Turning to the Human Rights Council, Ms. Edelenbos reminded that during its thirty-eighth session, held from 18 June to 6 July 2018, the Council had adopted resolution A/HRC/38/L.11 on the incompatibility between democracy and racism.  The Council had been alarmed by the rise of racism, racial discrimination, xenophobia and related intolerance in political circles, in public opinion and the society at large.  The Council had expressed deep concern about the rise of extremist political parties, movements and groups that sought to normalize racism, racial discrimination, xenophobia and related intolerance, particularly against migrants and refugees.  The Council had decided to convene a high-level panel discussion to be held before September 2019, to discuss the incompatibility between democracy and racism, with a view to identifying challenges and good practices.  The Council had also held its annual interactive dialogue with Ms. Achiume Tendayi, Special Rapporteur on contemporary forms of racism, racial discrimination, xenophobia and related intolerance.  The Special Rapporteur had presented her thematic report on racial discrimination in the context of citizenship, nationality and migration status, and a report on combatting the glorification of Nazism, neo-Nazism and other practices.  She had called on States to adopt measures to explicitly condemn and eliminate racist and xenophobic practices based on ethno-nationalism, and to withdraw support for political parties and organizations that engaged in hate speech aiming at inciting violence and to take immediate measures to combat direct and indirect manifestations of neo-Nazism affecting youth and children, including their recruitment to extremist groups.

Moving on to the International Court of Justice, Ms. Edelenbos recalled that on 23 July 2018, the Court had issued provisional measures in the case lodged by Qatar against the United Arab Emirates on the application of the Convention on the Elimination of All Forms of Racial Discrimination.  The Court had decided that it had a prima facie jurisdiction, pursuant to article 22 of the Convention to deal with the request for interim measures, and had requested that the United Arab Emirates ensure the reunification of families of Qatari origin, that Qatari students were afforded the opportunity to pursue their studies in the United Arab Emirates, and that affected persons had access to justice in the United Arab Emirates.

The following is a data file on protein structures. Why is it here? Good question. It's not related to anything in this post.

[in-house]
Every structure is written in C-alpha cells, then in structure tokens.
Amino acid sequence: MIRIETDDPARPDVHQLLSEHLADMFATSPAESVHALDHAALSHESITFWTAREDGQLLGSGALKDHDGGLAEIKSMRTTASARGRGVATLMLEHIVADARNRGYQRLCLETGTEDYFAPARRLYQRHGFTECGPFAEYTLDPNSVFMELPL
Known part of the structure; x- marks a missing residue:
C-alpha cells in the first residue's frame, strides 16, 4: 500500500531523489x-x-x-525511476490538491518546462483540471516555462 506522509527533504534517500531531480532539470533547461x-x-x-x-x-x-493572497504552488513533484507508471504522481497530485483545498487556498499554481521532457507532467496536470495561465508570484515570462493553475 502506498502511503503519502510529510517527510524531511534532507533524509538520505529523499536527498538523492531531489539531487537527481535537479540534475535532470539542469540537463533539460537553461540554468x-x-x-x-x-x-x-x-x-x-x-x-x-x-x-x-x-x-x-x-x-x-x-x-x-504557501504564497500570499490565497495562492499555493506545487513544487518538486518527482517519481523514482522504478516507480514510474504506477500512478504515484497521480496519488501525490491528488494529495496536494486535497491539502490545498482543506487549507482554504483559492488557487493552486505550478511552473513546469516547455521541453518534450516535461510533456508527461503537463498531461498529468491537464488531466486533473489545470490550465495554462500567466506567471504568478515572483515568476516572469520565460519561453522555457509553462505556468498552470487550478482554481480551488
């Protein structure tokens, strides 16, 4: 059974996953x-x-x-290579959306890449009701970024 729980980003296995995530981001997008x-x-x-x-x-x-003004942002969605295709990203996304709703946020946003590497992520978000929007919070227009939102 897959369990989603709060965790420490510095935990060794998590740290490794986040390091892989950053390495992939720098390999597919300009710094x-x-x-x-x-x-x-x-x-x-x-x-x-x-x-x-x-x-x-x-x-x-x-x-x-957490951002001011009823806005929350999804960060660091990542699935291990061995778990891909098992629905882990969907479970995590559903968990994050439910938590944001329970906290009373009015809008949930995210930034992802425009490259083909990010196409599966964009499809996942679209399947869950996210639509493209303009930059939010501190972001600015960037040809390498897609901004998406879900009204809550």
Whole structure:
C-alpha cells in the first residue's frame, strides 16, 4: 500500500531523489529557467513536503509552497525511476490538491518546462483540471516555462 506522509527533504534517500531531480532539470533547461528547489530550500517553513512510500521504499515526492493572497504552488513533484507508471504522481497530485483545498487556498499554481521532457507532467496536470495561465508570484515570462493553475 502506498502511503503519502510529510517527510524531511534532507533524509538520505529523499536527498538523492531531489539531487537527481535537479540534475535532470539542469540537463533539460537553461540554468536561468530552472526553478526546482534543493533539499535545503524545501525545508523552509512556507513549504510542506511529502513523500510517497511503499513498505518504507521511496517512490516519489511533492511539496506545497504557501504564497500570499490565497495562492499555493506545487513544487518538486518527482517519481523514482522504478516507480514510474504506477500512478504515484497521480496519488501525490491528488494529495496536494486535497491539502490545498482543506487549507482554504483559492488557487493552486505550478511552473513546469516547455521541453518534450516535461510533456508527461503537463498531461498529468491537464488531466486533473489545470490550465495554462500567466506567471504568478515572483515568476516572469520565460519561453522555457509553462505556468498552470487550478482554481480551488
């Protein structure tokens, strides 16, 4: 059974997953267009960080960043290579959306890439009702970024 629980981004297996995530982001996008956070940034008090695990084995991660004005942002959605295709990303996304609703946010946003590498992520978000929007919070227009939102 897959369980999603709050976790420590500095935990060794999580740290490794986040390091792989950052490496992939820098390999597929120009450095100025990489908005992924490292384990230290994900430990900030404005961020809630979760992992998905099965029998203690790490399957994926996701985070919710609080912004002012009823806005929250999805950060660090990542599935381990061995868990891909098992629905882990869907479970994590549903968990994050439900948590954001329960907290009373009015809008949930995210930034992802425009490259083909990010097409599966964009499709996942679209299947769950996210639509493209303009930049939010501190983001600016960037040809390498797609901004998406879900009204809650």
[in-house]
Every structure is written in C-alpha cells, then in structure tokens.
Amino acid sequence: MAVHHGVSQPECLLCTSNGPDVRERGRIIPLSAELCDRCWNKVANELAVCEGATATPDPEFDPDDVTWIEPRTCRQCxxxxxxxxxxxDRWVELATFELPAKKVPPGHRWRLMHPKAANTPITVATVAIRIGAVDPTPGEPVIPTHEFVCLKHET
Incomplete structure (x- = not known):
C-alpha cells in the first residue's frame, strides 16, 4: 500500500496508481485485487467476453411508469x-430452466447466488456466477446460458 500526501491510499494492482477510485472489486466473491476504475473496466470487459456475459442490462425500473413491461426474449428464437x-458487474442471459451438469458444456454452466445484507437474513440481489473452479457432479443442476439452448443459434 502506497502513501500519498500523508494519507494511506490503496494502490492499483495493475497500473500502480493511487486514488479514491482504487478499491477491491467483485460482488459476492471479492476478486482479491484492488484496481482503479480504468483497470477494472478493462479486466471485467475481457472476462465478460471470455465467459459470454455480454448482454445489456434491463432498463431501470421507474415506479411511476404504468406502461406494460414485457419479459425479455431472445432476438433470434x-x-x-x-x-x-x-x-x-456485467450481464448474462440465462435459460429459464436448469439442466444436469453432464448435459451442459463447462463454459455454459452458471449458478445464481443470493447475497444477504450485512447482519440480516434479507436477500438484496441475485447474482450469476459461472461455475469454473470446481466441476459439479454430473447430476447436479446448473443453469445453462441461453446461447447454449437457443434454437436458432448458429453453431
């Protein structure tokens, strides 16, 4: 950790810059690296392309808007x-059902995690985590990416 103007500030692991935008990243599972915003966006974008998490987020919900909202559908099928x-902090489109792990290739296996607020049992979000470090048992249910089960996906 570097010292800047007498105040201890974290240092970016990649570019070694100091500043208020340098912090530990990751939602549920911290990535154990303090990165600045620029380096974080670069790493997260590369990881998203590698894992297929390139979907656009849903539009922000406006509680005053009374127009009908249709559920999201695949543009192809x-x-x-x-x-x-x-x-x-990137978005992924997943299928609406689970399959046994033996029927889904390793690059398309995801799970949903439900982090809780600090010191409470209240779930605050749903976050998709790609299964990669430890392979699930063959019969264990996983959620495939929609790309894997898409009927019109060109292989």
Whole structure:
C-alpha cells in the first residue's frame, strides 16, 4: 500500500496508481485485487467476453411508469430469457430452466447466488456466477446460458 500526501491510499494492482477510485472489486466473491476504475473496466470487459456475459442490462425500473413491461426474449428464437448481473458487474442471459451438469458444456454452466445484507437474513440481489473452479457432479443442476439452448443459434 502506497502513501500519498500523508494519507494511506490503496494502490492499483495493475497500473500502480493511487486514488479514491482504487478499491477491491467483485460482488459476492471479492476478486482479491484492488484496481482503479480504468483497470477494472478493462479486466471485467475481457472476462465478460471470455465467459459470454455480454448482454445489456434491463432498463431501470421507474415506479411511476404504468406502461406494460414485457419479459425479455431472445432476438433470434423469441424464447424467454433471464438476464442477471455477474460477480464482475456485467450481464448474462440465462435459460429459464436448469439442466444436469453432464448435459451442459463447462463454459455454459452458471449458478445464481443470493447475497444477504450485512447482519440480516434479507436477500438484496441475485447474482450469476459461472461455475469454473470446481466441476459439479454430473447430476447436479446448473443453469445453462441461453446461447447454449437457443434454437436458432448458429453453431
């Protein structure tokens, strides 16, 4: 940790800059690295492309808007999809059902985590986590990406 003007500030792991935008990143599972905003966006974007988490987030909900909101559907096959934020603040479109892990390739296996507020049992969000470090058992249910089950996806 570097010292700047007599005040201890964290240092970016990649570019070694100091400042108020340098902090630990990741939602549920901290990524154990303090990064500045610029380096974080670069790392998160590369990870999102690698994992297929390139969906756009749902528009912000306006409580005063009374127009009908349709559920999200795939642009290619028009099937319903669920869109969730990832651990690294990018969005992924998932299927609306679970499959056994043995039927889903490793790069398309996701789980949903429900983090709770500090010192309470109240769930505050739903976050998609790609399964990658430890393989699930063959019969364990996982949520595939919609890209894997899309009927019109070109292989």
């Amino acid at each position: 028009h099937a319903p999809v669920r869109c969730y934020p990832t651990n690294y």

Briefing the Committee on the meeting of chairs of human rights bodies, Ms. Edelenbos reminded that the thirtieth annual meeting of the chairs had taken place in New York from 28 May to 1 June 2018.  The meeting had focused on the alignment of working methods and other areas of implementation of resolution 68/268, as well as the preparations for the 2020 review of the treaty body system.  On the issue of engagement with civil society, Ms. Edelenbos urged the Committee to pay particular attention to the work of human rights defenders.  One of the outcomes of the chairs’ meeting had been the agreement of the chairs to propose the appointment of focal points in each treaty body to develop a common treaty body based position ahead of the 2020 review, and to explore further alignment of the simplified reporting procedure at the meeting next year.  Furthermore, the chairs had endorsed possible elements for a common aligned procedure for follow-up to concluding observations, decisions and views.  The chairs had also held a meeting with the Secretary-General who had expressed his strong support for treaty bodies.  His next report on treaty body strengthening would be an opportunity to raise various challenges faced by treaty bodies, including in terms of resources, Ms. Edelenbos concluded. 

On behalf of members of the Committee, Committee Chairperson Noureddine Amir thanked Ms. Edelenbos for her update and comments on the recent events, as well as for her work and cooperation with the Committee in light of her upcoming retirement.  Other Committee Experts also expressed their thanks to Ms. Edelenbos for her hard work and dedication over 27 years.  The Committee then adopted the programme of work and agenda of the session.

The Committee will next meet in public on Tuesday, 7 August, at 10 a.m., to hold an informal meeting with non-governmental organizations from Montenegro, Latvia, Bosnia and Herzegovina, and China whose reports it will review this week.

For use of the information media; not an official record